A survey has revealed that 36 per cent of people in the UK who own solar photovoltaic panels struggle to receive subsidies on time.
Feed-In Tariffs (FITs) were introduced by the UK government on the 1st April 2010. Launched by the Department of Energy and Climate Change (DECC), the scheme was intended to lower the cost of installing solar panels on domestic and commercial properties.
Government hoped that subsidies paid to households for generating low-carbon energy would provide sufficient incentive to increase the number of units installed throughout the country. If more people relied on solar energy, the government reasoned, carbon emissions would fall dramatically.
One problem with FITs is that the scheme quickly became too expensive for the government. Early adopters were offered 43.3p/kWh, but shortly after taking office the Coalition reduced the rate to 21p/kWh. Britain’s ‘greenest ever government’ then slashed the tariff to 15.44p/kWh. Although the cost of solar technology has decreased since 2010, the reduction in FITs has resulted in far fewer small-scale domestic installations.
The solar industry feared the worst when government reduced FITs, but the renewables sector has managed to survive thus far. Thousands of households are continuing to be paid for generating clean, renewable energy through solar PV. The problem is that energy companies are not always paying their customers on time.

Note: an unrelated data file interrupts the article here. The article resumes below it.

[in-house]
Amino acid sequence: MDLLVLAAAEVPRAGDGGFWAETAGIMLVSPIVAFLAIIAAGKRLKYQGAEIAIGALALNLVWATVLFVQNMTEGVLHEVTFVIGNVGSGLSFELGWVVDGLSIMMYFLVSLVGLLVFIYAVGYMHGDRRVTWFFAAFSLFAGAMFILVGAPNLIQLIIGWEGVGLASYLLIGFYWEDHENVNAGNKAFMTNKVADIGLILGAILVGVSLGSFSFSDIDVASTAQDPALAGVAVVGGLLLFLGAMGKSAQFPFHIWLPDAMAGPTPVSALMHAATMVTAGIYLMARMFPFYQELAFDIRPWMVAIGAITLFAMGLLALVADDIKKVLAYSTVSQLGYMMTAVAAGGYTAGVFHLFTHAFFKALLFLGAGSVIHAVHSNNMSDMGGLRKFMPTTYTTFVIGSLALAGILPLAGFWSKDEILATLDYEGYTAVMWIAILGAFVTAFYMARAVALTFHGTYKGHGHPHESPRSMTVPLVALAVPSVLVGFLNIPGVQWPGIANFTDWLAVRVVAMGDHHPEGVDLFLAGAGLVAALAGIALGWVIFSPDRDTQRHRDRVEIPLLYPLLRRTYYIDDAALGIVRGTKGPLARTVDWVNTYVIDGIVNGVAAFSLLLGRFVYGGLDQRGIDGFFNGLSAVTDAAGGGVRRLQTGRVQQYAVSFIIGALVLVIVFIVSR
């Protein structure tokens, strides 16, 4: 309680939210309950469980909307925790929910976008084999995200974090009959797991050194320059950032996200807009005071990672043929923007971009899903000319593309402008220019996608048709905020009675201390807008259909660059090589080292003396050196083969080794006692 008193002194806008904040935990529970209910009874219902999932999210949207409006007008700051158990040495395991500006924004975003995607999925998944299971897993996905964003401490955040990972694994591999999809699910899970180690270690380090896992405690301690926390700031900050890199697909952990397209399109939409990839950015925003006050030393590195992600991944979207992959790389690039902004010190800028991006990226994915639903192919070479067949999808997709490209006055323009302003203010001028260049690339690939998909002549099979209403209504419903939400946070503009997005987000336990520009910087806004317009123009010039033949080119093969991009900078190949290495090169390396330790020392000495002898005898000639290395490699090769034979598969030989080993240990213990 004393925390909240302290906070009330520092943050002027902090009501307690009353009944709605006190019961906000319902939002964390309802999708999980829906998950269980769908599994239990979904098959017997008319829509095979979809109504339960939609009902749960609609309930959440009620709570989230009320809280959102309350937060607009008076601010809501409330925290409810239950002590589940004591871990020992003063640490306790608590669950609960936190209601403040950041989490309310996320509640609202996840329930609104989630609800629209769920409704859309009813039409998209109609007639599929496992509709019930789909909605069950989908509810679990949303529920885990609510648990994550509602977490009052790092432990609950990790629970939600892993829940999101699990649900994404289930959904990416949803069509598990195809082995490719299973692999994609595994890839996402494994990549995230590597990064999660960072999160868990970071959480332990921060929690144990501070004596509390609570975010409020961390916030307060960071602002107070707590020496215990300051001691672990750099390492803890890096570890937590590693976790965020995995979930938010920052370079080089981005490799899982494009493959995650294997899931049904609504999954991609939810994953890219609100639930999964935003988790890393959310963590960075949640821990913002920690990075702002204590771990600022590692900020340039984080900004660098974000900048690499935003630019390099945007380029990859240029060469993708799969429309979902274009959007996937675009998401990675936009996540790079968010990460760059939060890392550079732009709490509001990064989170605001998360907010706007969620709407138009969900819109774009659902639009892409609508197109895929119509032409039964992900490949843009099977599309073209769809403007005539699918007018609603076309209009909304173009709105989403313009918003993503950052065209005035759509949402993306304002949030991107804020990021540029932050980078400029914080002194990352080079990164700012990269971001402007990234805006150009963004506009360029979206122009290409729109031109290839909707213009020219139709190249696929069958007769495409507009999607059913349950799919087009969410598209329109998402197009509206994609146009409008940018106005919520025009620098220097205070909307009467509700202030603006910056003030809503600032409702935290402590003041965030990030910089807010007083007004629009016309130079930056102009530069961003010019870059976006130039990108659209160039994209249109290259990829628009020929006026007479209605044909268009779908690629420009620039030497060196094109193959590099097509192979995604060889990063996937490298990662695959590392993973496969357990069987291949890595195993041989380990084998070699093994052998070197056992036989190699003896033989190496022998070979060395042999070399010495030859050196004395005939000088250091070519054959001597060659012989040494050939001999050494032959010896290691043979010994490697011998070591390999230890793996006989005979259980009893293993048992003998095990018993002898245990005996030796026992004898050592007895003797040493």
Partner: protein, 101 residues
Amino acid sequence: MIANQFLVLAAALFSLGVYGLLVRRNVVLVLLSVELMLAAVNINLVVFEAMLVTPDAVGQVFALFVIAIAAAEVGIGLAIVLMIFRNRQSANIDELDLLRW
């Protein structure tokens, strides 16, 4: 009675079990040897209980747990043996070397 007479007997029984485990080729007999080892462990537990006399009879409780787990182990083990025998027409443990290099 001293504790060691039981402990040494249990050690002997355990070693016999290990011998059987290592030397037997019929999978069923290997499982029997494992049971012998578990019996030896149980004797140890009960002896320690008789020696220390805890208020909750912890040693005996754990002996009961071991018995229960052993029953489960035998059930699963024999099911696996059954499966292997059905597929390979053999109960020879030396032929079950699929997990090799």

According to a survey published by Which?, 36 per cent of small-scale solar producers claimed to have experienced problems with FITs. Delayed payments affected 82 per cent of respondents who reported difficulties, of whom 20 per cent cited delays of up to three months.
The survey revealed that 72 per cent of E.ON customers failed to receive solar subsidies on time, compared to 46 per cent of SSE customers and 36 per cent of EDF Energy customers. Results for the other leading energy companies were not quite as bad, with 29 per cent of British Gas customers, 20 per cent of npower customers and 19 per cent of Scottish Power customers experiencing payment delays.
A spokesperson for Which? said: “We want suppliers to pay people the money they’re owed within the agreed time limit and for E.ON and SSE to actually state the maximum time limit in their contracts”.